Rooted in the ridges and valleys of the Driftless Region of the upper Midwest, Thoreau College models a transformative liberal arts curriculum that immerses students in authentic community, shared labor and governance, and rigorous engagement with great works and natural phenomena. Thoreau College creates a context where students can nurture their sacred curiosity, connect with their deepest selves, and cultivate the capacities they will need to manifest their highest aspirations for the world.
Thoreau College understands liberal arts education to be fundamentally concerned with the cultivation of free human beings who have the capacity to impart direction and meaning to their lives and bring about positive transformation in the world. In our striving to realize an education that meets the needs of the whole human being–body, soul and spirit–we have been deeply informed by the lives and work of Henry David Thoreau (author of Walden), Rudolf Steiner (founder of Waldorf education), and LL Nunn (founder of Deep Springs College).
SOURCES OF INSPIRATION
Thoreau College understands liberal arts education to be fundamentally concerned with the cultivation of free human beings who have the capacity to impart direction and meaning to their lives and bring about positive transformation in the world. In our striving to realize an education that meets the needs of the whole human being–body, soul and spirit–we have been deeply informed by the lives and work of Henry David Thoreau (1817-1862), Rudolf Steiner (1861-1925), and LL Nunn (1853-1925).
Thoreau College is striving to be a non-dogmatic and heterodox community that embraces students and faculty of diverse interests, beliefs, gifts, and backgrounds. We seek to create an environment that orients students to life, to their unique purpose in life, and to the art of being a lifelong learner, rather than tethering their star to the teaching of any single person or cultural, social, or spiritual tradition. We believe, however, that the path to such a liberal, creative, free thinking life and community arises precisely through rigorous intellectual, moral and practical engagement with one another, with nature, with hard work, and with the thought and perspectives of specific individuals and traditions. We thus seek to forge a creative middle path between the polarities of relativism and fundamentalism, which we believe is the true and original inspiration for the liberal arts tradition of higher education.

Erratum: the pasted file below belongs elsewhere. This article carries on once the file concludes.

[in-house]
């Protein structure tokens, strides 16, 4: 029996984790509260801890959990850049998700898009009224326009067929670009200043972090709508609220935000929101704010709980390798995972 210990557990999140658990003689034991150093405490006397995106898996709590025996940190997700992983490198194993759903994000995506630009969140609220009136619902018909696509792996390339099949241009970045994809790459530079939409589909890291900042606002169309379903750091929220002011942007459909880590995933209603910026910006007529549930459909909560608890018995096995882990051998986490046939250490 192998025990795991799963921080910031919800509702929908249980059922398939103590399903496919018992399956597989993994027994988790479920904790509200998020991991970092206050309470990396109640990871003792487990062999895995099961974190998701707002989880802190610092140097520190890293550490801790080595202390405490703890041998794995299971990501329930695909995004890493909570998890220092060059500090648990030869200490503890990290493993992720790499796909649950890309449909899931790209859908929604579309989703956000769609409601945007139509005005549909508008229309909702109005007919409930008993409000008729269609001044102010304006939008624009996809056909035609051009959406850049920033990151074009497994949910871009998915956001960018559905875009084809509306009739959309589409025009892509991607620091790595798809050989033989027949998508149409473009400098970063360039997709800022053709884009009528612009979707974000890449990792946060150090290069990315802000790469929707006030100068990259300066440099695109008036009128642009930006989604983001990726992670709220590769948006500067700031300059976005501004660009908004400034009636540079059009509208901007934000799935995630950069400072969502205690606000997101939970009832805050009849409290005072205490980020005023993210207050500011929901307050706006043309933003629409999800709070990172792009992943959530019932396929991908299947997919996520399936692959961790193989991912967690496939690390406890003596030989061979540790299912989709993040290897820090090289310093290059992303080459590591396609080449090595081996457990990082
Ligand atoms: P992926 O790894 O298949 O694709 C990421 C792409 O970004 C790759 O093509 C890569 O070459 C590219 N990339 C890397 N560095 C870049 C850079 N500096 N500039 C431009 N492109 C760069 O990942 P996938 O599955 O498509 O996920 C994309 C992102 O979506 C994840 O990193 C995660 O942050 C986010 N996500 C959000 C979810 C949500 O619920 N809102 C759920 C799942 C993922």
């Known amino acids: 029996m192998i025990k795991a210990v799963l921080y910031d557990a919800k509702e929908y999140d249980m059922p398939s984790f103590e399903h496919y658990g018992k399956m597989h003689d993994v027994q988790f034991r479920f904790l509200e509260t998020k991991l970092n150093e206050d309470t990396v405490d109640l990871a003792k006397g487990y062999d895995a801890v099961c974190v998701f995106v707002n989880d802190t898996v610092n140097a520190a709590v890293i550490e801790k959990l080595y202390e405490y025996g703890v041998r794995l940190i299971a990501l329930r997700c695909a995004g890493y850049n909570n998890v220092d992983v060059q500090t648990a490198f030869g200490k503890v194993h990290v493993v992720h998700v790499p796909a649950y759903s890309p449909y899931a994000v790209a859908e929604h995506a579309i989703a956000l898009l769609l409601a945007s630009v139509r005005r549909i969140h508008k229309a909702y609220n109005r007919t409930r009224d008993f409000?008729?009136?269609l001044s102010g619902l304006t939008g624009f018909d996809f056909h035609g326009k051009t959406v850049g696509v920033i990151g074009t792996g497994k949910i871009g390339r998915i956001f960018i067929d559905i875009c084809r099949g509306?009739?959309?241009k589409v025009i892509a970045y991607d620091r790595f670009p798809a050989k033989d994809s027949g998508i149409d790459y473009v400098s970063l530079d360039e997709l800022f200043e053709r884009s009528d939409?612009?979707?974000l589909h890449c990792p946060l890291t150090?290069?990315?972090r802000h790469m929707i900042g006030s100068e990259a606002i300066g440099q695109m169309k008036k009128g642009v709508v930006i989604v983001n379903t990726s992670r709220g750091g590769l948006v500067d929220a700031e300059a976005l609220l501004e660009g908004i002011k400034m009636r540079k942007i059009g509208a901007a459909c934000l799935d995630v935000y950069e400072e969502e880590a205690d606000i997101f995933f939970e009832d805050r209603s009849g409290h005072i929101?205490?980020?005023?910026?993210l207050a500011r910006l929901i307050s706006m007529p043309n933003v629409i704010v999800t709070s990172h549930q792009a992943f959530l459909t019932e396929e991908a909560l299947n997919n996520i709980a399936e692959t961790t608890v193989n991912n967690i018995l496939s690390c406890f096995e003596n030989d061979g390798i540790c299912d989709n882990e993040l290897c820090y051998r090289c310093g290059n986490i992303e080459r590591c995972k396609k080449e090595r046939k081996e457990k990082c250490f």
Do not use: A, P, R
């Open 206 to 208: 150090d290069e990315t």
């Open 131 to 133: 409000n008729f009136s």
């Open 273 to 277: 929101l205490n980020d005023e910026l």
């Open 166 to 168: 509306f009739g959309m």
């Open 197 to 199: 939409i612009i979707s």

Although separated by time and geography, Rudolf Steiner, Henry David Thoreau and L.L. Nunn offer Thoreau College a seedbed of profound insights and ideals on which to base a thorough refounding of higher education for our time. They share a deep respect for the dignity of the individual human being in the modern world, a respect which is grounded in a fundamental understanding of each individual as a whole person consisting of body, soul, and spirit, with a unique destiny and purpose in the world. They each sought to incorporate engagement with society, with manual labor, and immersion in the natural world into their visions of education and of a full life. And all were sharp critics of modern Western culture’s unbalanced tendency towards materialism, reductionism, and commercialism.
RUDOLF STEINER & ANTHROPOSOPHY